Beretta 38/42: Simplified But Still Excellent

The Beretta Model 38A was an outstanding SMG at the beginning of World War Two, loaded with features and very easy to shoot. However, it was expensive and complex to produce, and pressures of war forced Beretta to progressively simplify its construction. This happened incrementally, but the most obvious set of changes was the adoption of the Model 38/42 pattern. This involved shortening the stock and removing the magazine cover and the barrel shroud. A series of different barrel and bolt assemblies were used, with self-contained springs and fluted barrels at first and smooth barrels with non-captive springs later (as seen on this example).

It should be noted that while the designation 38/43 is sometimes seen referring to this smooth-barrel type, I believe that is not an appropriate name. There is an official 38/43 model; a folding-stock paratrooper pattern (which is exceedingly rare). While it is tempting to assign a specific name to each change in the design, that does not appear to have happened officially with Beretta and these guns.


    • It didn’t; the Model 4 (aka 38/49) was Marengoni’s last design for Beretta before he stood down as chief designer in 1956.

      Domenico Salza took over from Marengoni and designed the Model 5 as the last improvement of the MAB 38 series. After that, Salza developed a series of experimental SMGs, models 6, 7, 8, 9, and 11. These guns had nothing to do with the MAB 38, and were all instead derived from the Armaguerra OG 44, a wartime prototype by Giovanni Oliani, and used an “overhung” L-shaped bolt which sat over the barrel. They weren’t successful but did influence the Franchi LF-57 and Walther MPL/MPK.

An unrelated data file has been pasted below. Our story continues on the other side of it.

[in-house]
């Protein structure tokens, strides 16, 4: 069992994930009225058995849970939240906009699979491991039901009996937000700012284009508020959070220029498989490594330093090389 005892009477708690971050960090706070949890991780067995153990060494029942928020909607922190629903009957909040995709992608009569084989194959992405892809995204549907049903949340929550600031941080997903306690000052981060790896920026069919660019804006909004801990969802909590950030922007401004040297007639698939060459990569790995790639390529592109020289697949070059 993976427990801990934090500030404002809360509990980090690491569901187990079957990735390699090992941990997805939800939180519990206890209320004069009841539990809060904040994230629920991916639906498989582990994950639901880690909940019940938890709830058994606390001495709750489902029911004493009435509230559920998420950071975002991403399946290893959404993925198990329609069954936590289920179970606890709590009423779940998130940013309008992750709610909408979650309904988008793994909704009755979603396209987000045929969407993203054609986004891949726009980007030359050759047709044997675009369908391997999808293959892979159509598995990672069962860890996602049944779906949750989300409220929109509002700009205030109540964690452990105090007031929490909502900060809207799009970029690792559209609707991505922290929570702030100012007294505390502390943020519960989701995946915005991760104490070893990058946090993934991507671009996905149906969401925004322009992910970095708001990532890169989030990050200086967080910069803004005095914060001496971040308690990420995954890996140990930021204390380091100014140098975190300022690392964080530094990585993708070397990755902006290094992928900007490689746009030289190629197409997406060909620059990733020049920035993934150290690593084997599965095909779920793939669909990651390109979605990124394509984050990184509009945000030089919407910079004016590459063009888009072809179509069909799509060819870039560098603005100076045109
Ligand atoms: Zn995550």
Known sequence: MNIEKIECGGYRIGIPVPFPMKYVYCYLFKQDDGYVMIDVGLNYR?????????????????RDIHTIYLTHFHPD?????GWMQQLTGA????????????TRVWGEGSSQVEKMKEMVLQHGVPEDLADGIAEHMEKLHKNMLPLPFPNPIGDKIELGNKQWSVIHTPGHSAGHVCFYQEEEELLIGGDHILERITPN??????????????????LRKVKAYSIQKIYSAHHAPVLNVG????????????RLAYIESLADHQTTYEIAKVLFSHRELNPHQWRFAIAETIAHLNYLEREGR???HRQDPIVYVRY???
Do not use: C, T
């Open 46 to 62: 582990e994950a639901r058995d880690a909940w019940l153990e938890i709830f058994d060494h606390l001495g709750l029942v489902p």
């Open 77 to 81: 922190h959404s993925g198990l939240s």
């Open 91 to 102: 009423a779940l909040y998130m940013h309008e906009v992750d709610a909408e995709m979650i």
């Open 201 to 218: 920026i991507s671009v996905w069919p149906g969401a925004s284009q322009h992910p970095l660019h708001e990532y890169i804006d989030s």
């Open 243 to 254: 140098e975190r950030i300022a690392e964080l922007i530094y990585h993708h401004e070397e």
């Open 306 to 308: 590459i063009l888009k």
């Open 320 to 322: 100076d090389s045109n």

Salza did not come up with the design for the PM 12 until 1957 which originated with his Model 10 and 12 prototypes. It proved to be far more successful than Salza’s earlier Armaguerra derivatives and was selected for serial production over those guns. Salza left Beretta in 1962.

  1. Perhaps someone might refresh my memory…Or, perhaps, I should go find the Moschetto 1938 9mm episodes… Ian mentions at the end that it ejects up and a bit over to the left, but why was this so? Why did Marengoni design that feature or attribute of the SMG?

    • Predominantly because Marengoni based the MAB 38 on captured examples of the Bergmann MP 35/I from the Ethiopian War. Many aspects of the MAB 38 were influenced from the MP 35/I, including the left-handed ejection window.

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